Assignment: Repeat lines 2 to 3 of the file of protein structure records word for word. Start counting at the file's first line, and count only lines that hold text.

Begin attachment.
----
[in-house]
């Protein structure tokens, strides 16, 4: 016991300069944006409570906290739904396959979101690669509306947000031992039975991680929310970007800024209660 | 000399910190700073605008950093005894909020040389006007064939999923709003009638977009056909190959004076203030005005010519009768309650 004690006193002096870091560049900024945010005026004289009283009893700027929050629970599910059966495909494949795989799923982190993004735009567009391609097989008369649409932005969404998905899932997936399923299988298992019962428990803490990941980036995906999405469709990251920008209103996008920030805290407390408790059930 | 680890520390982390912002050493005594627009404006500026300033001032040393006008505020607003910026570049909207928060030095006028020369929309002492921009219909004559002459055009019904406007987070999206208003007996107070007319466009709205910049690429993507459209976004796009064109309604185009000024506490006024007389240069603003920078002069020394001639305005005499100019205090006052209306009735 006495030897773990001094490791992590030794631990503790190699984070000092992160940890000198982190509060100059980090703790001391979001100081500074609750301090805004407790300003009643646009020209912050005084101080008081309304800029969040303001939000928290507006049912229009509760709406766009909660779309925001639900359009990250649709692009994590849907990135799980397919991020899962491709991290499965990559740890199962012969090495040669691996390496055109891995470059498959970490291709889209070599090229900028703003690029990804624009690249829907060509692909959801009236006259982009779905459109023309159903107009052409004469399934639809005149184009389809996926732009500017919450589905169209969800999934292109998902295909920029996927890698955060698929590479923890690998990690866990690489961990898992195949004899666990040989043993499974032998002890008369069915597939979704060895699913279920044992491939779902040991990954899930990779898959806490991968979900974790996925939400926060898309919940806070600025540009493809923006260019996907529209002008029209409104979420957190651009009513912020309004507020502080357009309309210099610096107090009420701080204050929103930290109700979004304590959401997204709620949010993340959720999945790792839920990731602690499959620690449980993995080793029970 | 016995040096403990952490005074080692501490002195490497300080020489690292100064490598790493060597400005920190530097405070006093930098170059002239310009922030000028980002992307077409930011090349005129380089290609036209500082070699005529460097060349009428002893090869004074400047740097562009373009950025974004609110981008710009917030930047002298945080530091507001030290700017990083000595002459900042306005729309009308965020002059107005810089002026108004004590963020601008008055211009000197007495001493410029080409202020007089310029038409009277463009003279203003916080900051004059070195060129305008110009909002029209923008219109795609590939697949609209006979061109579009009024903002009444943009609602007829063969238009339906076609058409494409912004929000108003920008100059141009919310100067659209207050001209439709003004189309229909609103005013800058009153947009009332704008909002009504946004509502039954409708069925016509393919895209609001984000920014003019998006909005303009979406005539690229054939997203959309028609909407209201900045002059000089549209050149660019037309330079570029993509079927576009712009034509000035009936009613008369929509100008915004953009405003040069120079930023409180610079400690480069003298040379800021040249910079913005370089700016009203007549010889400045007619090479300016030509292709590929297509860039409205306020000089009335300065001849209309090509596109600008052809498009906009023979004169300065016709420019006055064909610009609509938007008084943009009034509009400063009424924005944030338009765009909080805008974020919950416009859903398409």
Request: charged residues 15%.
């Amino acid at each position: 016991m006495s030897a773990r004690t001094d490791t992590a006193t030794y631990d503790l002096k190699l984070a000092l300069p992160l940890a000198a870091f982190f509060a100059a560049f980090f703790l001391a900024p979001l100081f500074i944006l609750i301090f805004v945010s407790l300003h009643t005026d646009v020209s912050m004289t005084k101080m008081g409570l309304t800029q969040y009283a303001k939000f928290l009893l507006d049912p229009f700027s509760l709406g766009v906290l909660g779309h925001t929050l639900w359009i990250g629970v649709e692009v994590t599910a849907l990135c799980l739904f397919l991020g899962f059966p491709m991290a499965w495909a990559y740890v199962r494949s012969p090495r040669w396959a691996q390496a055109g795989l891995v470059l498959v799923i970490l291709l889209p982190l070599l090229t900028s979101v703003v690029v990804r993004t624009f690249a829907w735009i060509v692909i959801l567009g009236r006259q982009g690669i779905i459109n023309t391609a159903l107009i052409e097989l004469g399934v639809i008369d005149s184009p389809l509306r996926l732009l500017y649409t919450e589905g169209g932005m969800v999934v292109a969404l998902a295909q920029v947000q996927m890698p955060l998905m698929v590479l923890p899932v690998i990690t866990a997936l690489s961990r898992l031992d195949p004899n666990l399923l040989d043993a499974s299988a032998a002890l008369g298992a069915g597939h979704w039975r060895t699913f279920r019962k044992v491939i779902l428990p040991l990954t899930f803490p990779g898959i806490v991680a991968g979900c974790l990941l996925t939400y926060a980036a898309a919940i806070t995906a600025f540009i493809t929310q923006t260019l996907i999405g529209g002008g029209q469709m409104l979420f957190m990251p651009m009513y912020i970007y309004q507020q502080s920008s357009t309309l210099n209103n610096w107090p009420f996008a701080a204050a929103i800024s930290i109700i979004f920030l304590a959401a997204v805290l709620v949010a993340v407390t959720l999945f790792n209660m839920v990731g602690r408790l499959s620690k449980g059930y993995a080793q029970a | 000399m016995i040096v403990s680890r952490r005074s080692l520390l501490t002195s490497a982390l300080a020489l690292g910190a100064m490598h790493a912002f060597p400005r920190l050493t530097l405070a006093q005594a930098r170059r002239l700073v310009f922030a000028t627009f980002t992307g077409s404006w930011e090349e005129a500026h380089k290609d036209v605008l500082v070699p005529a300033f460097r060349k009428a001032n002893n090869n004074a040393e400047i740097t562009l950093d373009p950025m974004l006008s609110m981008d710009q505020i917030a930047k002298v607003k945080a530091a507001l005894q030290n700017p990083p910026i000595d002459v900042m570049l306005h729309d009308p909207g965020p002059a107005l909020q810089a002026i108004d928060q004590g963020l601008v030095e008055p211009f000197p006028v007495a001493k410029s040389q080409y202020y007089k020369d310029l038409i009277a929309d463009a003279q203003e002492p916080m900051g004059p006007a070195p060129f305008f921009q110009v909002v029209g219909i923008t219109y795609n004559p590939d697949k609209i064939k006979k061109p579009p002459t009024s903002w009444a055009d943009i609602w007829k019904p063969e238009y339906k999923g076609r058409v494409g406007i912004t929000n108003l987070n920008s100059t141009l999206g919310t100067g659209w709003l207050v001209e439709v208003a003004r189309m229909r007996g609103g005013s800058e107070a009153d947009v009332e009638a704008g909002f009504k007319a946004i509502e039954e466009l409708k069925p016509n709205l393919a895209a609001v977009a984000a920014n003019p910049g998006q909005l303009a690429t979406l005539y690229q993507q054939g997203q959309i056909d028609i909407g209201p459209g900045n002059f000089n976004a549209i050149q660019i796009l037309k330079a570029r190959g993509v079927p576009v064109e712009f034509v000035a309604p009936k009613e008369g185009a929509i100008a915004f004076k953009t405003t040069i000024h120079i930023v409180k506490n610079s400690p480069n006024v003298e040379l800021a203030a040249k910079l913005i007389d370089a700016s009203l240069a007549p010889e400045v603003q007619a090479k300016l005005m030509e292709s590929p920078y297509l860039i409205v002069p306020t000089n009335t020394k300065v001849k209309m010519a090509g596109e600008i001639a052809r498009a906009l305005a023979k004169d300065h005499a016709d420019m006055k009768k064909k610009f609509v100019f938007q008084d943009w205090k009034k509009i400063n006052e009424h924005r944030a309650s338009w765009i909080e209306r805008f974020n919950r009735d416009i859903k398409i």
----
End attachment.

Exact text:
């Protein structure tokens, strides 16, 4: 016991300069944006409570906290739904396959979101690669509306947000031992039975991680929310970007800024209660 | 000399910190700073605008950093005894909020040389006007064939999923709003009638977009056909190959004076203030005005010519009768309650 004690006193002096870091560049900024945010005026004289009283009893700027929050629970599910059966495909494949795989799923982190993004735009567009391609097989008369649409932005969404998905899932997936399923299988298992019962428990803490990941980036995906999405469709990251920008209103996008920030805290407390408790059930 | 680890520390982390912002050493005594627009404006500026300033001032040393006008505020607003910026570049909207928060030095006028020369929309002492921009219909004559002459055009019904406007987070999206208003007996107070007319466009709205910049690429993507459209976004796009064109309604185009000024506490006024007389240069603003920078002069020394001639305005005499100019205090006052209306009735 006495030897773990001094490791992590030794631990503790190699984070000092992160940890000198982190509060100059980090703790001391979001100081500074609750301090805004407790300003009643646009020209912050005084101080008081309304800029969040303001939000928290507006049912229009509760709406766009909660779309925001639900359009990250649709692009994590849907990135799980397919991020899962491709991290499965990559740890199962012969090495040669691996390496055109891995470059498959970490291709889209070599090229900028703003690029990804624009690249829907060509692909959801009236006259982009779905459109023309159903107009052409004469399934639809005149184009389809996926732009500017919450589905169209969800999934292109998902295909920029996927890698955060698929590479923890690998990690866990690489961990898992195949004899666990040989043993499974032998002890008369069915597939979704060895699913279920044992491939779902040991990954899930990779898959806490991968979900974790996925939400926060898309919940806070600025540009493809923006260019996907529209002008029209409104979420957190651009009513912020309004507020502080357009309309210099610096107090009420701080204050929103930290109700979004304590959401997204709620949010993340959720999945790792839920990731602690499959620690449980993995080793029970 | 016995040096403990952490005074080692501490002195490497300080020489690292100064490598790493060597400005920190530097405070006093930098170059002239310009922030000028980002992307077409930011090349005129380089290609036209500082070699005529460097060349009428002893090869004074400047740097562009373009950025974004609110981008710009917030930047002298945080530091507001030290700017990083000595002459900042306005729309009308965020002059107005810089002026108004004590963020601008008055211009000197007495001493410029080409202020007089310029038409009277463009003279203003916080900051004059070195060129305008110009909002029209923008219109795609590939697949609209006979061109579009009024903002009444943009609602007829063969238009339906076609058409494409912004929000108003920008100059141009919310100067659209207050001209439709003004189309229909609103005013800058009153947009009332704008909002009504946004509502039954409708069925016509393919895209609001984000920014003019998006909005303009979406005539690229054939997203959309028609909407209201900045002059000089549209050149660019037309330079570029993509079927576009712009034509000035009936009613008369929509100008915004953009405003040069120079930023409180610079400690480069003298040379800021040249910079913005370089700016009203007549010889400045007619090479300016030509292709590929297509860039409205306020000089009335300065001849209309090509596109600008052809498009906009023979004169300065016709420019006055064909610009609509938007008084943009009034509009400063009424924005944030338009765009909080805008974020919950416009859903398409």
Request: charged residues 15%.